No Hacking Way!

A thought about hackers in stories

hate hackers. Especially in stories.

Let me repeat that. I want to make my feelings crystal clear: I HATE hackers in stories. If any storyteller happens to read this, please, PLEASE by the love of your newborn and everything you hold sacred, do NOT write a hacker into your stories. Thank you.

If you are an avid reader/watcher of Sci-Fi – or of thrillers, they’re similarly plagued with hackers – you know what I mean. But instead of just vomiting incoherent lines of indignation, I would like to make my point more vivid with a Fantasy example. You might rightfully ask yourself what can a Fantasy microstory hope to reveal about hackers? Well, my (wo)man, read on to find out!

Once upon a time a young farmer, Henrich, was taken as an apprentice by a great wizard. For years he tried to learn the ancient arts of the arcane, until the day the wizard was killed by a jealous new king, and Henrich taken prisoner for questioning.

He paced his cell with increasingly anxious strides. He knew they were going to torture him. Any moment now they would come for him. And whatever they made him scream, they would surely dispose of him afterwards, like they did with his wise master. His last breaths on Earth aren’t going to be pleasant.

Henrich never thought of himself as much of a wizard. Truth be told, he lacks the most basic skills in the arcane arts. His master was always quick in reminding him of his shortcomings. He reliably failed at tasks that were routine for the old wizard. You aren’t ready yet, Henrich, his master would say, over and over again, with infinite patience. Like there was still hope for him.

And now, he is on his own. A useless farmer that dreamt of magic.

They are coming.

Their steps are closing in. Henrich gathers his will, like his master taught him. You aren’t ready yet, Henrich. But he ignores the voice in his head. Because, this time, it is spoken in his own fearful voice. He shakes his head. One thing is clear: now, at the end of it all, I’m as ready as I’ll ever be.

As the guards stop in front of his cell and begin fidgeting with their keys, Henrich feels the surge of raw arcana power rising in his guts. He channels them with his fingers, he turns them into words with his tongue, just like his old master explained. Perhaps it is desperation, perhaps panic, but this time, a mystic portal as large as him opens in midair, the fragrant, sunny fields of his youth at the other side.

The cell door opens, but all that the two guards behind can do is gape as he simply walks through the gate, which vanishes in a shower of glittering arcane dust.

The fantasy genre is blissfully devoid of hackers, but the all-mighty wizard fulfils a similar role. Unless skillfully executed (Gandalf, anybody?), it is such lazy writing that you want to strangle the author for wasting your valuable reading time – quite considerable in epic fantasy. Was that piece I just wrote skillfully executed? Nah. Well, obviously, the writing itself was nothing short of brilliant, but the story… I don’t think there is a writer on Earth that can pull away something like that with a glimmer of pride.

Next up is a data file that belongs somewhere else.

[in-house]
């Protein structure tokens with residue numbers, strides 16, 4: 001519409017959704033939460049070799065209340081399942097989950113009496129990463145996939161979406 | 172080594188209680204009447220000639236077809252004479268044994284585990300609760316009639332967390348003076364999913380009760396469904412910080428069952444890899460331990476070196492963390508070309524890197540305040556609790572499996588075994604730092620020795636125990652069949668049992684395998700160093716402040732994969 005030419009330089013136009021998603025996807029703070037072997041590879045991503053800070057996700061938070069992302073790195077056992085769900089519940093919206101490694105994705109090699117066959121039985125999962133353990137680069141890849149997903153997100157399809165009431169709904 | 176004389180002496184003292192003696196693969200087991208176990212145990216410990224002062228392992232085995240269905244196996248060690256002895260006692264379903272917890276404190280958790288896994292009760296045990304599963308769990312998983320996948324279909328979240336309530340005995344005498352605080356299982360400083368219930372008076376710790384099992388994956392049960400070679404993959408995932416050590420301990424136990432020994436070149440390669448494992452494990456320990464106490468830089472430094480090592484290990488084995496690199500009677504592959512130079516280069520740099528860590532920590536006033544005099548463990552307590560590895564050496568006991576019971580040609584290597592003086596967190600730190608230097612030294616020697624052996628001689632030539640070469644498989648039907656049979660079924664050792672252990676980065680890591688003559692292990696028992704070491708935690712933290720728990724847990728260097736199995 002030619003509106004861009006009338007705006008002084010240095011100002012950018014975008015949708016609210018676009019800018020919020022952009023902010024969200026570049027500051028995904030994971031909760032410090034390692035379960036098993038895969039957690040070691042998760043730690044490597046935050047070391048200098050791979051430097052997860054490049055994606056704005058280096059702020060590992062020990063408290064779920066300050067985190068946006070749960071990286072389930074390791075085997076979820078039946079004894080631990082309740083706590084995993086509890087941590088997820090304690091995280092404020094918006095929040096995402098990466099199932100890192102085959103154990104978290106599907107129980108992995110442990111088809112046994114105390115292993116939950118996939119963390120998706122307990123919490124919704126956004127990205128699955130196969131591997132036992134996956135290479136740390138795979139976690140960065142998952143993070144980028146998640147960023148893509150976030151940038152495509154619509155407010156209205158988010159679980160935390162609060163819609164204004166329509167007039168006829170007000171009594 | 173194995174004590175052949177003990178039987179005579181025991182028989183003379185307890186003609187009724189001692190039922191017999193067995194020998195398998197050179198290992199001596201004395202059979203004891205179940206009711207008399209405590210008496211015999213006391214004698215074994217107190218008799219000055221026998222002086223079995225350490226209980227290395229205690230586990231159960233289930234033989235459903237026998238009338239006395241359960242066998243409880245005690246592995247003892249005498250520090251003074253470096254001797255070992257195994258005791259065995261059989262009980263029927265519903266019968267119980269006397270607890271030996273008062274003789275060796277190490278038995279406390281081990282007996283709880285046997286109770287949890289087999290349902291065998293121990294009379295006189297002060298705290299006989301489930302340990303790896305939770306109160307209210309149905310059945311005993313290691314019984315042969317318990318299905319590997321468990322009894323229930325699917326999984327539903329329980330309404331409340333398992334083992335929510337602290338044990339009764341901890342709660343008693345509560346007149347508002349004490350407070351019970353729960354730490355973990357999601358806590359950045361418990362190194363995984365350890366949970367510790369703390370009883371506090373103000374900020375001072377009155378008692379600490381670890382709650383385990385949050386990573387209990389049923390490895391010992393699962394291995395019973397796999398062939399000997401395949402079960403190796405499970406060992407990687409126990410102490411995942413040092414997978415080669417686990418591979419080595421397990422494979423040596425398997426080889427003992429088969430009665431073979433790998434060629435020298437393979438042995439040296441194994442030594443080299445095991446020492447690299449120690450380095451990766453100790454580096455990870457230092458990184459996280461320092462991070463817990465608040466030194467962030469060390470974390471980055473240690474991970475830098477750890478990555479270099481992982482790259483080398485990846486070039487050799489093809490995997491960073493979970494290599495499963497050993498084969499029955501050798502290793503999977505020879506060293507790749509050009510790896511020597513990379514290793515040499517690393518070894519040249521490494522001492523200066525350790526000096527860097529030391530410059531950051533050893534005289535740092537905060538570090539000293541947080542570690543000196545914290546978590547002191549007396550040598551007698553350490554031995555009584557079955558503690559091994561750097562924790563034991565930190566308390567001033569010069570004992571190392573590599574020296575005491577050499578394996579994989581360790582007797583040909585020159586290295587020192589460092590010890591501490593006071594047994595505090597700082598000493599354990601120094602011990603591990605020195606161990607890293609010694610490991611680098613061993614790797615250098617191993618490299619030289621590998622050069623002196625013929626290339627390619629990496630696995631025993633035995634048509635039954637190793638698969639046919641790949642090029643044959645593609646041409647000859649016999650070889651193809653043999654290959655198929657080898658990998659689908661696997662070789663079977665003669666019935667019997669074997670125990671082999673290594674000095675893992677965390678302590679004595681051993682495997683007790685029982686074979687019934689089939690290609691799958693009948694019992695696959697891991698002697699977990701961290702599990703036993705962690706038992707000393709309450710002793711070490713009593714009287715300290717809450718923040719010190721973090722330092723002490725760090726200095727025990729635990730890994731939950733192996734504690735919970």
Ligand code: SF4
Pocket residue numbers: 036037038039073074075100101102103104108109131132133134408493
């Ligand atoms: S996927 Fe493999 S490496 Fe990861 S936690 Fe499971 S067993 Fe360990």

Hackers are to Sci-Fi (and thrillers) what I-shit-magic-out-my-butt Wizards are to Fantasy (do excuse my English).

Now that you know my grievance with hackers in storytelling, let me tell you what REAL hackers can and cannot do. How do I know? Okay, I am not an IT security expert, but I am (on my sad dayjob-away-from-sci-fi-that-my-family-needs-to-pay-the-bills) a software engineer. And quite good, honestly – you get good at everything, when you do it long enough. And, well, I’m older than I like to admit to myself. Furthermore, for the last decade or two I have worked in the corporate world, and mostly on international banks.

In short, I know a thing or two about realistic hacking, that’s what I mean.

Now, a kid going to an ATM with a knife – or a fancy “magic” device for that matter – and then accessing the CIA files in less than a minute? Well, complete bollocks. Even if he took a few hours, days, years. Impossible. Even if it is not an ATM, but an actual computer home. Yes, still impossible. As impossible as shooting an electronic lock to open an automated gate – the cliched solution of a tough guy too impatient with his pet hacker.

Real hacking takes a LOT of time. And usually something called “social engineering”, shorthand of fooling a real person to actually do something stupid, like letting you into a restricted area (beautiful Russian spy saying she forgot her badge – sounds stupid, but that is so easy you wouldn’t believe it), and still then you need a way to access a computer (drop a usb-stick on the parking lot and hope that a curious fool slips it into his PC, also a classic, doesn’t work anymore, by the way), and then hackers take their dear time to move across a hacked network – it is like scouting a pristine jungle. Some areas/databases are in separate subnetworks, protected with special protocols. On top of that, successful hackers – the dangerous type – typically stay dormant for months inside a compromised network in preparation of whatever their goals might be (data stealth, sabotage, spionage, you name it). Companies that KNOW that there are hackers out there bend on attacking it EVERY DAY (say, banks, or the CIA) are more than ready for all I said, believe me. And much more (as I said, I’m not an expert).

Phew! I hope you can excuse my rampage. But if you’ve made it this far, next time you see a hacker doing magic, know that the author either has no clue about the basics of information technologies, or, worse, the author assumes that you are the ignorant and he can get away with a lazy sleight of hand. Neither is okay.

That is why I hate hackers in stories. What about you?

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